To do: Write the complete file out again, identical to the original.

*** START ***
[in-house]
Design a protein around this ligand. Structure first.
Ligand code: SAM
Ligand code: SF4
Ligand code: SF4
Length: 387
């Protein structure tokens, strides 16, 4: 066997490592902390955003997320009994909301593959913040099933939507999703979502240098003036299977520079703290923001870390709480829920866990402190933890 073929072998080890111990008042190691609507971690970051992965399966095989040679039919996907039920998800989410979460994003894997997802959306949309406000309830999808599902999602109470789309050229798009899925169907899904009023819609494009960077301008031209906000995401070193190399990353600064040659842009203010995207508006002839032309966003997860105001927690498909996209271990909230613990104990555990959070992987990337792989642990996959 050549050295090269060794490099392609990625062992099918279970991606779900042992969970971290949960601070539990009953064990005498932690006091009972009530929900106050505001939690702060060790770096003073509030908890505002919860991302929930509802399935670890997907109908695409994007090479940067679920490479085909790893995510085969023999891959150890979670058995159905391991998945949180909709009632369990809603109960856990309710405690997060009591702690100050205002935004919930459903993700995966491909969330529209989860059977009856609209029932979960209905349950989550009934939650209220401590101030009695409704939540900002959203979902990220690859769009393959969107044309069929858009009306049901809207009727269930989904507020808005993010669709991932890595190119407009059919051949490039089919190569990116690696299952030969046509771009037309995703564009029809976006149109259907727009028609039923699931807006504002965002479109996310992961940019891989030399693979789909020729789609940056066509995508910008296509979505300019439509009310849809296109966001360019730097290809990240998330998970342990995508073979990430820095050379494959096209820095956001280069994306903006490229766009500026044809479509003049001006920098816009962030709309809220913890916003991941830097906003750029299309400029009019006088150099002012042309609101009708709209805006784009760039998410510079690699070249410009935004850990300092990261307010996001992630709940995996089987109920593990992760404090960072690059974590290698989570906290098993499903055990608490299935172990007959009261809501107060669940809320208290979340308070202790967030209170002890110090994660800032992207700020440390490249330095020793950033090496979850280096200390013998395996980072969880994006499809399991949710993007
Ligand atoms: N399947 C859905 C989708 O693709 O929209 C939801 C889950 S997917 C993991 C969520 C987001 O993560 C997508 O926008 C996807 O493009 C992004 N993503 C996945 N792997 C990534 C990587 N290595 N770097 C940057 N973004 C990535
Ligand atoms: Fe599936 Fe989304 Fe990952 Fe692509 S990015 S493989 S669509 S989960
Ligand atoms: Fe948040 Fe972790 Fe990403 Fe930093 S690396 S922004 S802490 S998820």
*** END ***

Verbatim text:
[in-house]
Design a protein around this ligand. Structure first.
Ligand code: SAM
Ligand code: SF4
Ligand code: SF4
Length: 387
């Protein structure tokens, strides 16, 4: 066997490592902390955003997320009994909301593959913040099933939507999703979502240098003036299977520079703290923001870390709480829920866990402190933890 073929072998080890111990008042190691609507971690970051992965399966095989040679039919996907039920998800989410979460994003894997997802959306949309406000309830999808599902999602109470789309050229798009899925169907899904009023819609494009960077301008031209906000995401070193190399990353600064040659842009203010995207508006002839032309966003997860105001927690498909996209271990909230613990104990555990959070992987990337792989642990996959 050549050295090269060794490099392609990625062992099918279970991606779900042992969970971290949960601070539990009953064990005498932690006091009972009530929900106050505001939690702060060790770096003073509030908890505002919860991302929930509802399935670890997907109908695409994007090479940067679920490479085909790893995510085969023999891959150890979670058995159905391991998945949180909709009632369990809603109960856990309710405690997060009591702690100050205002935004919930459903993700995966491909969330529209989860059977009856609209029932979960209905349950989550009934939650209220401590101030009695409704939540900002959203979902990220690859769009393959969107044309069929858009009306049901809207009727269930989904507020808005993010669709991932890595190119407009059919051949490039089919190569990116690696299952030969046509771009037309995703564009029809976006149109259907727009028609039923699931807006504002965002479109996310992961940019891989030399693979789909020729789609940056066509995508910008296509979505300019439509009310849809296109966001360019730097290809990240998330998970342990995508073979990430820095050379494959096209820095956001280069994306903006490229766009500026044809479509003049001006920098816009962030709309809220913890916003991941830097906003750029299309400029009019006088150099002012042309609101009708709209805006784009760039998410510079690699070249410009935004850990300092990261307010996001992630709940995996089987109920593990992760404090960072690059974590290698989570906290098993499903055990608490299935172990007959009261809501107060669940809320208290979340308070202790967030209170002890110090994660800032992207700020440390490249330095020793950033090496979850280096200390013998395996980072969880994006499809399991949710993007
Ligand atoms: N399947 C859905 C989708 O693709 O929209 C939801 C889950 S997917 C993991 C969520 C987001 O993560 C997508 O926008 C996807 O493009 C992004 N993503 C996945 N792997 C990534 C990587 N290595 N770097 C940057 N973004 C990535
Ligand atoms: Fe599936 Fe989304 Fe990952 Fe692509 S990015 S493989 S669509 S989960
Ligand atoms: Fe948040 Fe972790 Fe990403 Fe930093 S690396 S922004 S802490 S998820």